We have three starters between two of us; Cauliflower squid with clear roasted juice, Braised Irish Ox Tongue and Cheek with Salt Roasted Carrots and Horseradish and, from the Cold section, Escabeche of Quail, Chicken Liver Cream, Nuts and Seeds.

The first thing you notice is that whilst the idea is to share starters, in practice it’s not all that easy. The dishes are not symmetrical so it’s hard for two greedy people to amicably divide things up. We both want the squid, Jason explains later that it’s frozen before being diced so as to achieve tiny ‘risotto-like’ parts.

It’s incredibly tender and so the contrast with the turnip blackened with squid ink works so very well. The cauliflower actually tastes wonderfully of cauliflower, having been left alone and not pureed or foamed or generally buggered about with, there are some seaweedy/seashore veg floating here and there, with the whole thing bathed in the remarkable juice. A really great, taste-bud tumescent dish, but we should have eaten it last, as it made our plates all black and messy.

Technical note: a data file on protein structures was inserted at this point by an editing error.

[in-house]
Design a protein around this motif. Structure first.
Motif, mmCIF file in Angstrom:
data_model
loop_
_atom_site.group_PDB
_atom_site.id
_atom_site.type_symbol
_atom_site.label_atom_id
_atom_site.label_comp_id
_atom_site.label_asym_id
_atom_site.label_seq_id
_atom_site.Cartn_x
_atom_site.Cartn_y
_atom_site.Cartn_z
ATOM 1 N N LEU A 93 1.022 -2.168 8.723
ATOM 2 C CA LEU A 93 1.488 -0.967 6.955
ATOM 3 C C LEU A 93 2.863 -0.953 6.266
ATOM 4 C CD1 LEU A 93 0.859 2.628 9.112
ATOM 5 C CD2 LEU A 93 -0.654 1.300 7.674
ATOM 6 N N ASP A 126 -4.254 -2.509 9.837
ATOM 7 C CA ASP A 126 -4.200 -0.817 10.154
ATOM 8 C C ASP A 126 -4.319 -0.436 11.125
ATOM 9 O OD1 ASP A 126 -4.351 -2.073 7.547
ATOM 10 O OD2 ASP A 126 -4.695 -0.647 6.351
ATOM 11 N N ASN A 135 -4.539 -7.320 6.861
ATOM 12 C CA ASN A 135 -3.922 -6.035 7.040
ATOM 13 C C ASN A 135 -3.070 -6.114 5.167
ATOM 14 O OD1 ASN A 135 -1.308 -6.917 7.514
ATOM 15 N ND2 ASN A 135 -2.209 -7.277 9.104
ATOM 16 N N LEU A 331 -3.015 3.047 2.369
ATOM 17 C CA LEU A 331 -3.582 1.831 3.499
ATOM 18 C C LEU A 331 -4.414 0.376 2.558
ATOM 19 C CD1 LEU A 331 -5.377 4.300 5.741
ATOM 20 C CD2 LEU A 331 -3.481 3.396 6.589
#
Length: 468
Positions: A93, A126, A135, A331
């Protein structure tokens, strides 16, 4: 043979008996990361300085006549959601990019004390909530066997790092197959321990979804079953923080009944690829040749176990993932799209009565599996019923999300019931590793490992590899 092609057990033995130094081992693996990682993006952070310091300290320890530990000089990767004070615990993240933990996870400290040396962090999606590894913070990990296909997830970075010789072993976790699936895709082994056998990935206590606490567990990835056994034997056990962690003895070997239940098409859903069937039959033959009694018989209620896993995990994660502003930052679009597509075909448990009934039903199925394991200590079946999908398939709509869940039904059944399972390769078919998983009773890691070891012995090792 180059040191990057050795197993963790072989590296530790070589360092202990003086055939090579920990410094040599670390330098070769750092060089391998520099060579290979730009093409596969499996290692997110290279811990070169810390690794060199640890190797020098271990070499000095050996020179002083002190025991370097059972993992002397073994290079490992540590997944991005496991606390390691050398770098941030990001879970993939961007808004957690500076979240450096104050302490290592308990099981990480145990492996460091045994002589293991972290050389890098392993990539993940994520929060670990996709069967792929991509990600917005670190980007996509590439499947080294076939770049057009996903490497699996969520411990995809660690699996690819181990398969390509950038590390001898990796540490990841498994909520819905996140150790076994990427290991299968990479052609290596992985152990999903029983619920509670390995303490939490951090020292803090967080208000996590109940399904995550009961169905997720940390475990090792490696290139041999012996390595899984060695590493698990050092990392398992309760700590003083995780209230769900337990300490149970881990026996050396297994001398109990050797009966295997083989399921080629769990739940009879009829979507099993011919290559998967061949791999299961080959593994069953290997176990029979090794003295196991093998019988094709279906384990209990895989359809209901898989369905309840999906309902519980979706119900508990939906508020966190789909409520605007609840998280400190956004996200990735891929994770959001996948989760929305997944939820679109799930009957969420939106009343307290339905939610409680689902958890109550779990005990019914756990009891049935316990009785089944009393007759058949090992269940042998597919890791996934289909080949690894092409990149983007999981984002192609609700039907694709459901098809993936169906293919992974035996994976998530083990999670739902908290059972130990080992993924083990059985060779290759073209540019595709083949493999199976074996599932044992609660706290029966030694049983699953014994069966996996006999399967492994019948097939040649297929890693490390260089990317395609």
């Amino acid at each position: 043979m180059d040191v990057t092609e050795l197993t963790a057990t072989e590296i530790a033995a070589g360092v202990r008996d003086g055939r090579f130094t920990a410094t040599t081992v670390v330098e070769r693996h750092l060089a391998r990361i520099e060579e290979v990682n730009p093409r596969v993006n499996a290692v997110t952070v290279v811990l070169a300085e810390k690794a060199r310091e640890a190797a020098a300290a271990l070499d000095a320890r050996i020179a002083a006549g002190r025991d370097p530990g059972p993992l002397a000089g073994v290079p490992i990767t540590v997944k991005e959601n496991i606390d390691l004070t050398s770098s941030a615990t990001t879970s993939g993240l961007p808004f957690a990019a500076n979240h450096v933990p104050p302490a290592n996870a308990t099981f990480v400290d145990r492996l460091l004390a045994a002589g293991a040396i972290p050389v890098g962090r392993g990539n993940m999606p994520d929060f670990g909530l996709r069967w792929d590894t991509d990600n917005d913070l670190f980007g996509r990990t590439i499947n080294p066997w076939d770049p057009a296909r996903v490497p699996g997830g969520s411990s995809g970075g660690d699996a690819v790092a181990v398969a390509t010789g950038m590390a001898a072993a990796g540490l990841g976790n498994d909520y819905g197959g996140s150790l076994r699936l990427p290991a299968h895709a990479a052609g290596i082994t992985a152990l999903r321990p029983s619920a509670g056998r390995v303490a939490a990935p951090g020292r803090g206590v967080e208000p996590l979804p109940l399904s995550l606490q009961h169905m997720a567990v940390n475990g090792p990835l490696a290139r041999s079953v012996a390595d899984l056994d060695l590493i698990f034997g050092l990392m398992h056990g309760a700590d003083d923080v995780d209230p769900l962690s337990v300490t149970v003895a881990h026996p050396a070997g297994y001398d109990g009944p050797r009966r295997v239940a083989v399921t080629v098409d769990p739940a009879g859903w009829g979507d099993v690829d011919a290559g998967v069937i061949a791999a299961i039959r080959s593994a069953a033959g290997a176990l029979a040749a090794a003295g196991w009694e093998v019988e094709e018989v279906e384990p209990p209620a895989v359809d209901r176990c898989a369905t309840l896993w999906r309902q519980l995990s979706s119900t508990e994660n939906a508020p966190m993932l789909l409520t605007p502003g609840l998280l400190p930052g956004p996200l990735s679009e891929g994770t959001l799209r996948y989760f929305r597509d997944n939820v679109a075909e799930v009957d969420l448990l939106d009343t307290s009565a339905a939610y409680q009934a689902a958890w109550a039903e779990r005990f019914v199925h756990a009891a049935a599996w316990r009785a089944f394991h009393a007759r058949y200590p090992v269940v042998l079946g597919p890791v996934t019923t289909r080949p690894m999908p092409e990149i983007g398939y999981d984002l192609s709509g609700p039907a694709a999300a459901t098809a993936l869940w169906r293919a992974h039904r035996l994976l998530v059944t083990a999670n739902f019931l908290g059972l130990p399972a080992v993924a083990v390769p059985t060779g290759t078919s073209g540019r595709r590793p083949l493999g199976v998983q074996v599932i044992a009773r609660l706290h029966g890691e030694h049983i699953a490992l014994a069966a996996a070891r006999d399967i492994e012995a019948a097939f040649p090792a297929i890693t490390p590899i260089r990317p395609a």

The braised tongue is so tender it sighs wistfully when I look at it. The carrots are remarkably robust – not tasteless babies but big boys left large, so much so that one critic mistook them for sweet potatoes. The horseradish mash is such a simple thing but couldn’t be more perfect. There are only about four components on the plate, compared to the multi-faceted squid dish , but each enjoys its starring role.

The quail, more of whom can be seen, lined up naked, through the window of the meat room downstairs, is a real return to plate-porn. There’s a thin-slice of toasted bread sticking up like a sail and it’s been spread with the chicken liver cream. There’s the tiny breast, and the even tinier legs, dribs and drobs of rich juice, crunchy nuts and seeds and small pieces of onion that have really enjoyed their pickling. A bird like quail is easy to overcook, the real test is always the breast. No problems here, it’s spot on. There’s a lot going on here, but it’s all going in a straight line to my heart.